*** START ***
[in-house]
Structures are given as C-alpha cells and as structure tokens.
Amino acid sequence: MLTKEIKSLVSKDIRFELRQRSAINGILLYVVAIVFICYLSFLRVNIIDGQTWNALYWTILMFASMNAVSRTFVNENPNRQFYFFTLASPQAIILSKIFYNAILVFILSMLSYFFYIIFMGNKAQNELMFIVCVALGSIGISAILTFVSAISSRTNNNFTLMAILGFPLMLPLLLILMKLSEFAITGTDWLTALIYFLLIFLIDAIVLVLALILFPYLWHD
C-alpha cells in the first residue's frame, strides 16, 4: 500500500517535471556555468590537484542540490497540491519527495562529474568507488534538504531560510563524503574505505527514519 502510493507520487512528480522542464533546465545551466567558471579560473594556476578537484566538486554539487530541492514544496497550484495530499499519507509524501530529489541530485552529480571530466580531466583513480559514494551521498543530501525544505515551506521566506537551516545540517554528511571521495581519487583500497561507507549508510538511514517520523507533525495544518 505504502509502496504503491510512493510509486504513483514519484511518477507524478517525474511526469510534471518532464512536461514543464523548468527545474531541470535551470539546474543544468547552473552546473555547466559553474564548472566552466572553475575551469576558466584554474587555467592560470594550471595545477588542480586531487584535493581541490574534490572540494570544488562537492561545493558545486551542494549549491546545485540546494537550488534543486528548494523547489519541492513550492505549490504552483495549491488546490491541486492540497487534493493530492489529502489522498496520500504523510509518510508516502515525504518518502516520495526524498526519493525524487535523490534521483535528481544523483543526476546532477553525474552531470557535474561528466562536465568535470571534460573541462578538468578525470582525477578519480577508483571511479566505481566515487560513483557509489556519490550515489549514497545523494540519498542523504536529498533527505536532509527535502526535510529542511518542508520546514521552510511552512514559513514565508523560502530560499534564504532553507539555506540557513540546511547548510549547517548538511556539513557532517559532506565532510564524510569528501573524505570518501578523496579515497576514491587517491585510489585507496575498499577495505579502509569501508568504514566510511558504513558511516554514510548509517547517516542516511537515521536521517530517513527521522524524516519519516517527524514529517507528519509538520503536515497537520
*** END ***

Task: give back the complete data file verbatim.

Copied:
[in-house]
Structures are given as C-alpha cells and as structure tokens.
Amino acid sequence: MLTKEIKSLVSKDIRFELRQRSAINGILLYVVAIVFICYLSFLRVNIIDGQTWNALYWTILMFASMNAVSRTFVNENPNRQFYFFTLASPQAIILSKIFYNAILVFILSMLSYFFYIIFMGNKAQNELMFIVCVALGSIGISAILTFVSAISSRTNNNFTLMAILGFPLMLPLLLILMKLSEFAITGTDWLTALIYFLLIFLIDAIVLVLALILFPYLWHD
C-alpha cells in the first residue's frame, strides 16, 4: 500500500517535471556555468590537484542540490497540491519527495562529474568507488534538504531560510563524503574505505527514519 502510493507520487512528480522542464533546465545551466567558471579560473594556476578537484566538486554539487530541492514544496497550484495530499499519507509524501530529489541530485552529480571530466580531466583513480559514494551521498543530501525544505515551506521566506537551516545540517554528511571521495581519487583500497561507507549508510538511514517520523507533525495544518 505504502509502496504503491510512493510509486504513483514519484511518477507524478517525474511526469510534471518532464512536461514543464523548468527545474531541470535551470539546474543544468547552473552546473555547466559553474564548472566552466572553475575551469576558466584554474587555467592560470594550471595545477588542480586531487584535493581541490574534490572540494570544488562537492561545493558545486551542494549549491546545485540546494537550488534543486528548494523547489519541492513550492505549490504552483495549491488546490491541486492540497487534493493530492489529502489522498496520500504523510509518510508516502515525504518518502516520495526524498526519493525524487535523490534521483535528481544523483543526476546532477553525474552531470557535474561528466562536465568535470571534460573541462578538468578525470582525477578519480577508483571511479566505481566515487560513483557509489556519490550515489549514497545523494540519498542523504536529498533527505536532509527535502526535510529542511518542508520546514521552510511552512514559513514565508523560502530560499534564504532553507539555506540557513540546511547548510549547517548538511556539513557532517559532506565532510564524510569528501573524505570518501578523496579515497576514491587517491585510489585507496575498499577495505579502509569501508568504514566510511558504513558511516554514510548509517547517516542516511537515521536521517530517513527521522524524516519519516517527524514529517507528519509538520503536515497537520